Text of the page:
A couple of weeks ago, End Credits covered the documentary An Inconvenient Sequel, which featured Al Gore on his continuing quest to solve climate change. If only he had known that several weeks later the solution would present itself in Geostorm. Okay, so “solution” may be the wrong word, especially since it predictably all goes wrong, like another movie that came out last weekend, The Snowman. We’ll talk about that movie’s director and his self-sabotage, the latest on the industry from a fan-favourite director, and how we might get a cool new animated vision of an old superhero movie idea.
This Thursday, October 26, at 10 am, Adam A. Donaldson with Peter Salmon will discuss:
1) Fincher Advice. David Fincher is back… on TV! His new series, Mindhunters, just premiered on Netflix, which is a reminder that while many in the industry are concerned about the growing dominance of streaming platforms in the movie business, Fincher was an early adopter by helping to bring House of Cards to life on Netflix. The director of Seven and Zodiac has offered new insights on a number of fronts in the movie business; streaming, Marvel, and franchise filmmaking we’re all discusses in a recent, insightful interview, and we’ll parse what Fincher had to say about all that, and how he almost was in the running to direct a Star Wars movie.
2) Frosty for The Snowman. Last weekend, The Snowman opened in theatres everywhere, and it was a disaster in terms of both box office and critical reception. It had everything going for it: a prestigious cast, great source material, and an accomplished director, but The Snowman still ended up, at best, being one of those movies that’s so bad it’s good. In fact, The Snowman is so bad that even its own director, Tomas Alfredson, had basically disavowed it before it had even opened. So was Alfredson just too honest in his appraisal of his own film? Or should Alfredson have stood by his movie until the bitter end (which in this case is really bitter)?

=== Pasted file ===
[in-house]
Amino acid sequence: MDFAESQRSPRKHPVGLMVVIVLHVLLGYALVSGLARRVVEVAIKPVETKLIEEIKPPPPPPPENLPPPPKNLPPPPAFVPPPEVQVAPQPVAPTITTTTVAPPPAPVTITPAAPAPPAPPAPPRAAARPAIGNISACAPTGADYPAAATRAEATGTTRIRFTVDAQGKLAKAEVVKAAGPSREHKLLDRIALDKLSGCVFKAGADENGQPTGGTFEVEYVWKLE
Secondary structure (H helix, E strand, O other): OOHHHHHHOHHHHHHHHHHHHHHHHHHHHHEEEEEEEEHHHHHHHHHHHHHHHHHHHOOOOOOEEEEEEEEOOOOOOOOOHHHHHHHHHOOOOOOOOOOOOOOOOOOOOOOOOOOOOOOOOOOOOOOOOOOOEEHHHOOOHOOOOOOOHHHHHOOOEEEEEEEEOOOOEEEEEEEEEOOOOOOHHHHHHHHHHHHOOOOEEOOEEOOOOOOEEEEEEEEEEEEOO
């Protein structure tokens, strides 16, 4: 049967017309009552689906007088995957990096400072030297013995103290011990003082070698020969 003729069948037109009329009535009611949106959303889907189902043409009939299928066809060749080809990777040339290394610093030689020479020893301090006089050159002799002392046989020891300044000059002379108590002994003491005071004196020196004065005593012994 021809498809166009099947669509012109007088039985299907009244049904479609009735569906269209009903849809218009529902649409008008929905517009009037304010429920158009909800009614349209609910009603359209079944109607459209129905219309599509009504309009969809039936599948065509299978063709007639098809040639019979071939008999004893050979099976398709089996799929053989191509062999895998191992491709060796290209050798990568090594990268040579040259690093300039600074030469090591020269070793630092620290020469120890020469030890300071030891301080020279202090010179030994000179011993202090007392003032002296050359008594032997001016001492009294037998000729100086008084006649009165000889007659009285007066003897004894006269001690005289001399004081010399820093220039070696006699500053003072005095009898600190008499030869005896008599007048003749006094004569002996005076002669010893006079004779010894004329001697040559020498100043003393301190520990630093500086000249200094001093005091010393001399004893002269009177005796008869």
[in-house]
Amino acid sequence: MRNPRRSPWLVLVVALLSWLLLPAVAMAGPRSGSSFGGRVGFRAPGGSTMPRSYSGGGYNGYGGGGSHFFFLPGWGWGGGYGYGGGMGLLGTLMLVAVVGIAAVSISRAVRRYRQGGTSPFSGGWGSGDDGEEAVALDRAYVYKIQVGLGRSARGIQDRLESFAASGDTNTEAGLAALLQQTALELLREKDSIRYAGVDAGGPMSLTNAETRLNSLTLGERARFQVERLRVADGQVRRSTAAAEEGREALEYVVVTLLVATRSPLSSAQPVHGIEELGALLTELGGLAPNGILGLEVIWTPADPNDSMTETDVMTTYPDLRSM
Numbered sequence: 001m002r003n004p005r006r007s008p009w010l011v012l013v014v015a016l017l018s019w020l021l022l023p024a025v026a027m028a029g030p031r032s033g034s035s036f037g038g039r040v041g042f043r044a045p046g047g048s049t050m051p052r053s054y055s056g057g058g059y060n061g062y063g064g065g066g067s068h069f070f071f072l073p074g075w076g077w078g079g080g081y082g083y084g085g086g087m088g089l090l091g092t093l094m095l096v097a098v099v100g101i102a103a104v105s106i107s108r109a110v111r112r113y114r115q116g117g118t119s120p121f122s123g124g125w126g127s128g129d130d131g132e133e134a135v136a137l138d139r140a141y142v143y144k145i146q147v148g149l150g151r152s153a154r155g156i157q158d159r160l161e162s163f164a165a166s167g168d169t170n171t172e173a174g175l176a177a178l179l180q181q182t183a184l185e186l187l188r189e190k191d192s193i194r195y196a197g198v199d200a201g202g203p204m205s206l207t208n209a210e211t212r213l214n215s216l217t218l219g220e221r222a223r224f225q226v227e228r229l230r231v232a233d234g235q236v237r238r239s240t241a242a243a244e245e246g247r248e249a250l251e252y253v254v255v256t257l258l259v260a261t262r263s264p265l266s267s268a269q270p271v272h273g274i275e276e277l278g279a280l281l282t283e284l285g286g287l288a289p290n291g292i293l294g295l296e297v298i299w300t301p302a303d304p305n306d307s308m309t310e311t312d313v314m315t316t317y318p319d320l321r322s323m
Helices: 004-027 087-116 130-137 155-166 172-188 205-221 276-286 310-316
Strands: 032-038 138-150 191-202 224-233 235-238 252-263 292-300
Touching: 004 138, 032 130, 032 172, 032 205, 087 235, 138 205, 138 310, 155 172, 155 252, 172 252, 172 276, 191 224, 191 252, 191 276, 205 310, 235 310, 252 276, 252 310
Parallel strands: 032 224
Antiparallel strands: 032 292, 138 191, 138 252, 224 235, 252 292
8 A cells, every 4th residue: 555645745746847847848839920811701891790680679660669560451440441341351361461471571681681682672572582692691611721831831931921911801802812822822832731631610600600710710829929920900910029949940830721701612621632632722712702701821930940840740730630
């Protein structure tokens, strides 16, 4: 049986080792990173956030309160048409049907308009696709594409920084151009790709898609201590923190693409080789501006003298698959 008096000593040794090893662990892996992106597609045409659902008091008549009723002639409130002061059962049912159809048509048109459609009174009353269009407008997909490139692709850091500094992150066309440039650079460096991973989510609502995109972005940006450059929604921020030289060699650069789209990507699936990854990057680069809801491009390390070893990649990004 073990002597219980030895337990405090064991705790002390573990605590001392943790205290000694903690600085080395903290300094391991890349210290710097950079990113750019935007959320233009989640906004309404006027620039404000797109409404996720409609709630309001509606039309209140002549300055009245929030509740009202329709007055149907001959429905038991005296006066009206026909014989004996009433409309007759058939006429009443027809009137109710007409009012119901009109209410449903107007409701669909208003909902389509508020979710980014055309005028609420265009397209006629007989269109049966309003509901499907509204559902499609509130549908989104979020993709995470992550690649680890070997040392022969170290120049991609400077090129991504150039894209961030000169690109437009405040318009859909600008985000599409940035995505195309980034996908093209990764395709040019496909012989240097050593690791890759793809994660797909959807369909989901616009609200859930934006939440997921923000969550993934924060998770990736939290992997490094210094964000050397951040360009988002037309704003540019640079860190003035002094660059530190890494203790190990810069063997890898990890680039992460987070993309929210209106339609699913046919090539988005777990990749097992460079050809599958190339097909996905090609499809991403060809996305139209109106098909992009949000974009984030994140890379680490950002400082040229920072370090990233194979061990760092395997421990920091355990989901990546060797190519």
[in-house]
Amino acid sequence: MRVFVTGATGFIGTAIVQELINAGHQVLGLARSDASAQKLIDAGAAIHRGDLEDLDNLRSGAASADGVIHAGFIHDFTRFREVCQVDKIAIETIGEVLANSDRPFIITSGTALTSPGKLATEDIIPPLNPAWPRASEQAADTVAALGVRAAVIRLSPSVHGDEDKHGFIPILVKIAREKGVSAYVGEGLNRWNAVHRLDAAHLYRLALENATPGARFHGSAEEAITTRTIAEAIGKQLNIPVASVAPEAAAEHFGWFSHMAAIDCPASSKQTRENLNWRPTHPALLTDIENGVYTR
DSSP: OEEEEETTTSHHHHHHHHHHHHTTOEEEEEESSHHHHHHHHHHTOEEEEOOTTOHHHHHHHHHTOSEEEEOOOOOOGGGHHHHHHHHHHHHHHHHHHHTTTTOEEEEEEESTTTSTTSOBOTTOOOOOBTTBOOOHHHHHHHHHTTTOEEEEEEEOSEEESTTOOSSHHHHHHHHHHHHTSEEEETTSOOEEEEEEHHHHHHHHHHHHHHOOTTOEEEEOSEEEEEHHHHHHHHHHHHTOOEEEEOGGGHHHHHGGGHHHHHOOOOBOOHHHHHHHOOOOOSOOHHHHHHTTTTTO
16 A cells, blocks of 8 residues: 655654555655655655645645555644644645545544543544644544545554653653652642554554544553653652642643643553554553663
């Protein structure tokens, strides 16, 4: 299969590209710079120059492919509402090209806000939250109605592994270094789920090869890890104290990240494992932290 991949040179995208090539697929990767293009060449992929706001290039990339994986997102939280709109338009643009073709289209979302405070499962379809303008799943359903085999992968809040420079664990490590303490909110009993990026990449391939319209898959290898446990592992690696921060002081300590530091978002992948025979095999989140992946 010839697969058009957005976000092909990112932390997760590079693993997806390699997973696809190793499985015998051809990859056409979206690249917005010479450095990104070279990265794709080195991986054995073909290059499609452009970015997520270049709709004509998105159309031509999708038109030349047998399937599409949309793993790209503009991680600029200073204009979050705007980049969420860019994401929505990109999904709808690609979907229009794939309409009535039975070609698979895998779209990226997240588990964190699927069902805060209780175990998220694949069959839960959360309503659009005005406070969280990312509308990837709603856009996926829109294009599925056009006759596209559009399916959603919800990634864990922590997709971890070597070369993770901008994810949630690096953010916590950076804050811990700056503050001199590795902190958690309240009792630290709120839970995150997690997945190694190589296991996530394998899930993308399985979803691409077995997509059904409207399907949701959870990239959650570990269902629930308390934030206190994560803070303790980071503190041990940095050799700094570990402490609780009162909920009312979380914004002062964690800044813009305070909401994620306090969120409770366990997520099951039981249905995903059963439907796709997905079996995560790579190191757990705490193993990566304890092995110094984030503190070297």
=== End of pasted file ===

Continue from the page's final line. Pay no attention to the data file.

3) Superman Lives Lives? Back in the 1990s, a Superman movie starring Nicolas Cage as the Man of Steel and directed by Tim Burton was in production. Based on the comic book storyline “The Death of Superman”, it seemed like all the elements were in place to launch a brand new Super-franchise, but it fizzled. Script problems, and such. It would be 10 more years till we got another Superman movie, but now 20 years after the plug was pulled for Superman Lives, the suggestion’s been made that Burton’s vision might finally be seen in animated form. Good idea, or awesome idea? We debate.
REVIEW: Geostorm. The Earth can only take so much until it cries out, “Enough!” That’s basically the point of Geostorm, a big, dumb sci-fi disaster movie that dares to say, “Come on, you know that this is beneath you.” Watch Gerard Butler as the world’s most unbelievable science-genius. By way of Dublin, Oklahoma, Butler and his little brother Jim Sturgess, who does something at the White House (it’s not clear), try to convince you they really are brothers as they try to stop a massive government conspiracy to turn the machine that saved the world into a world-killer. Or something! Their weapon of choice: a Geostorm! What is it?! Who will live?! And so on…
End Credits is on CFRU 93.3 fm and cfru.ca Thursday at 10 am.